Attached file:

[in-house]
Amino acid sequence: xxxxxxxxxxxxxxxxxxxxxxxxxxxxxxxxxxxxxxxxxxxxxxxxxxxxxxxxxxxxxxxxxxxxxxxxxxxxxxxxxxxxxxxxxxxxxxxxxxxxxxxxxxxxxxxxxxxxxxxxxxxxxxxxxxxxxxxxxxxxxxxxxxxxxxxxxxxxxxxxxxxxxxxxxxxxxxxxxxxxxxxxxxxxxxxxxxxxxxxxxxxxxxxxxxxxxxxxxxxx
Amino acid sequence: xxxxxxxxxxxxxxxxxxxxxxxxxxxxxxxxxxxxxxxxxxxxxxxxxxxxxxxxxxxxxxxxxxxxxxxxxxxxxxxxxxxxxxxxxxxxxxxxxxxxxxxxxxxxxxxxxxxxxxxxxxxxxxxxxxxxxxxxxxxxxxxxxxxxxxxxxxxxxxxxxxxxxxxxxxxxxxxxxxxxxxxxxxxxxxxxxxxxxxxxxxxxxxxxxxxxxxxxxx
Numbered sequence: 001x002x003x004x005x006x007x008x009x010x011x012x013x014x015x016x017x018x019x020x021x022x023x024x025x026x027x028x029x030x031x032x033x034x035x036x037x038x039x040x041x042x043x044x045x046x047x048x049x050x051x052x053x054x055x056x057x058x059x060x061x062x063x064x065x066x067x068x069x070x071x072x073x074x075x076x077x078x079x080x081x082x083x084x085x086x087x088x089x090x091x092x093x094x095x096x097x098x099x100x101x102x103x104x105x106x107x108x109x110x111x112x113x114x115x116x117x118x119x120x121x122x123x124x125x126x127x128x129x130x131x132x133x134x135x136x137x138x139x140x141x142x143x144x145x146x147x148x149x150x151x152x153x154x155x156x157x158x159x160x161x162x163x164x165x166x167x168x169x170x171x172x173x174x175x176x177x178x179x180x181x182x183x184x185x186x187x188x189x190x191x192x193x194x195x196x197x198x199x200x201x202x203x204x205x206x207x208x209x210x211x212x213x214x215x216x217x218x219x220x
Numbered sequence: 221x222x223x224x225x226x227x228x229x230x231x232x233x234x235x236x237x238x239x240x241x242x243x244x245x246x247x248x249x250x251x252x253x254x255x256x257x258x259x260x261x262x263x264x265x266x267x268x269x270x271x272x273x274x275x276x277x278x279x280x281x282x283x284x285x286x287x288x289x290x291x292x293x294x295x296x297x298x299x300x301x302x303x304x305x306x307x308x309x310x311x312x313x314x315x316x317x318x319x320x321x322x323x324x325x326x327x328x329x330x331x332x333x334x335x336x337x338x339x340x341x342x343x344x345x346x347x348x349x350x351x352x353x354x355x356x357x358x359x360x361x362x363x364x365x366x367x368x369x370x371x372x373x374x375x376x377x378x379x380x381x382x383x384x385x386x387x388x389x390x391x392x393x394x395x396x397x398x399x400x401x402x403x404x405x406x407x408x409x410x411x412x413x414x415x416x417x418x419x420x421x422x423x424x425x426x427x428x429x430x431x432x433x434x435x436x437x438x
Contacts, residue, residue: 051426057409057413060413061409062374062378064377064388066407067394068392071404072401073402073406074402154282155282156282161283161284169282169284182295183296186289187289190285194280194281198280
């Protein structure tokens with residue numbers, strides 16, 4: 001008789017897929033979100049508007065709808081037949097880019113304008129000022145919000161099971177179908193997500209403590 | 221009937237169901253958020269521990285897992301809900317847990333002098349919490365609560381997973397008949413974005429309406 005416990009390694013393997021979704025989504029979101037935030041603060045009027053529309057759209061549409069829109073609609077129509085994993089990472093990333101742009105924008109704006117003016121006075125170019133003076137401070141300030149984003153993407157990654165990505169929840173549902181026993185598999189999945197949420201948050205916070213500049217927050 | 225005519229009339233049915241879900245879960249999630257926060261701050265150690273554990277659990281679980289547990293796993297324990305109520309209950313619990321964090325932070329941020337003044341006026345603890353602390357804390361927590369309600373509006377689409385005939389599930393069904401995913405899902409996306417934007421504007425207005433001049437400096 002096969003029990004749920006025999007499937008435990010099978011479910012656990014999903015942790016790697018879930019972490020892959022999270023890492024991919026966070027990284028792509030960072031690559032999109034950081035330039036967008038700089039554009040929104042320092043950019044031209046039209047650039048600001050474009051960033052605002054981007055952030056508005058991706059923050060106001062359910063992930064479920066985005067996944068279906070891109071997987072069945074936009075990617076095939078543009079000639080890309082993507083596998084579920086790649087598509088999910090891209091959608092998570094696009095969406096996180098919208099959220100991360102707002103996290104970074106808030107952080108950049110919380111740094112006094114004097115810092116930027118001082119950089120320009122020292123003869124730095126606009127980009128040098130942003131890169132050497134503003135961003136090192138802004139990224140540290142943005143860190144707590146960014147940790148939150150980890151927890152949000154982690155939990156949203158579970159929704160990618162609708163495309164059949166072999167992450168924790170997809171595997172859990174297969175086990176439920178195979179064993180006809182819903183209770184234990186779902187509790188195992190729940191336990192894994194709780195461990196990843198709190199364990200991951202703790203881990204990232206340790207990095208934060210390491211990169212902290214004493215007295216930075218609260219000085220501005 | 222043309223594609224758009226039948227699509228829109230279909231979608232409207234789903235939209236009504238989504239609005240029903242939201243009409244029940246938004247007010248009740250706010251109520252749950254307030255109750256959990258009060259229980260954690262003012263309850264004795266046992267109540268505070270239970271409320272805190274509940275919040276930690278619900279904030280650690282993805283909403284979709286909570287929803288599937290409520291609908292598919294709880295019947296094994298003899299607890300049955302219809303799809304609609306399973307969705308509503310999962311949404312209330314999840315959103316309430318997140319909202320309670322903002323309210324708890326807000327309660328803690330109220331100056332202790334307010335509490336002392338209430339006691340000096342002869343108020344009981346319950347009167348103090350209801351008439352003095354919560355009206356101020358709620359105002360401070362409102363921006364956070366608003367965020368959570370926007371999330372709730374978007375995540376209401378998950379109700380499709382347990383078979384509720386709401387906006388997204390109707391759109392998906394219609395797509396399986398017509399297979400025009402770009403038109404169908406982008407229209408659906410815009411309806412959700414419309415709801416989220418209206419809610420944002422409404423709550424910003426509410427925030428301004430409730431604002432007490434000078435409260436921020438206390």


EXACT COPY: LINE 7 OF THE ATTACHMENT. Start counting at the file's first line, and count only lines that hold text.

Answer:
């Protein structure tokens with residue numbers, strides 16, 4: 001008789017897929033979100049508007065709808081037949097880019113304008129000022145919000161099971177179908193997500209403590 | 221009937237169901253958020269521990285897992301809900317847990333002098349919490365609560381997973397008949413974005429309406 005416990009390694013393997021979704025989504029979101037935030041603060045009027053529309057759209061549409069829109073609609077129509085994993089990472093990333101742009105924008109704006117003016121006075125170019133003076137401070141300030149984003153993407157990654165990505169929840173549902181026993185598999189999945197949420201948050205916070213500049217927050 | 225005519229009339233049915241879900245879960249999630257926060261701050265150690273554990277659990281679980289547990293796993297324990305109520309209950313619990321964090325932070329941020337003044341006026345603890353602390357804390361927590369309600373509006377689409385005939389599930393069904401995913405899902409996306417934007421504007425207005433001049437400096 002096969003029990004749920006025999007499937008435990010099978011479910012656990014999903015942790016790697018879930019972490020892959022999270023890492024991919026966070027990284028792509030960072031690559032999109034950081035330039036967008038700089039554009040929104042320092043950019044031209046039209047650039048600001050474009051960033052605002054981007055952030056508005058991706059923050060106001062359910063992930064479920066985005067996944068279906070891109071997987072069945074936009075990617076095939078543009079000639080890309082993507083596998084579920086790649087598509088999910090891209091959608092998570094696009095969406096996180098919208099959220100991360102707002103996290104970074106808030107952080108950049110919380111740094112006094114004097115810092116930027118001082119950089120320009122020292123003869124730095126606009127980009128040098130942003131890169132050497134503003135961003136090192138802004139990224140540290142943005143860190144707590146960014147940790148939150150980890151927890152949000154982690155939990156949203158579970159929704160990618162609708163495309164059949166072999167992450168924790170997809171595997172859990174297969175086990176439920178195979179064993180006809182819903183209770184234990186779902187509790188195992190729940191336990192894994194709780195461990196990843198709190199364990200991951202703790203881990204990232206340790207990095208934060210390491211990169212902290214004493215007295216930075218609260219000085220501005 | 222043309223594609224758009226039948227699509228829109230279909231979608232409207234789903235939209236009504238989504239609005240029903242939201243009409244029940246938004247007010248009740250706010251109520252749950254307030255109750256959990258009060259229980260954690262003012263309850264004795266046992267109540268505070270239970271409320272805190274509940275919040276930690278619900279904030280650690282993805283909403284979709286909570287929803288599937290409520291609908292598919294709880295019947296094994298003899299607890300049955302219809303799809304609609306399973307969705308509503310999962311949404312209330314999840315959103316309430318997140319909202320309670322903002323309210324708890326807000327309660328803690330109220331100056332202790334307010335509490336002392338209430339006691340000096342002869343108020344009981346319950347009167348103090350209801351008439352003095354919560355009206356101020358709620359105002360401070362409102363921006364956070366608003367965020368959570370926007371999330372709730374978007375995540376209401378998950379109700380499709382347990383078979384509720386709401387906006388997204390109707391759109392998906394219609395797509396399986398017509399297979400025009402770009403038109404169908406982008407229209408659906410815009411309806412959700414419309415709801416989220418209206419809610420944002422409404423709550424910003426509410427925030428301004430409730431604002432007490434000078435409260436921020438206390």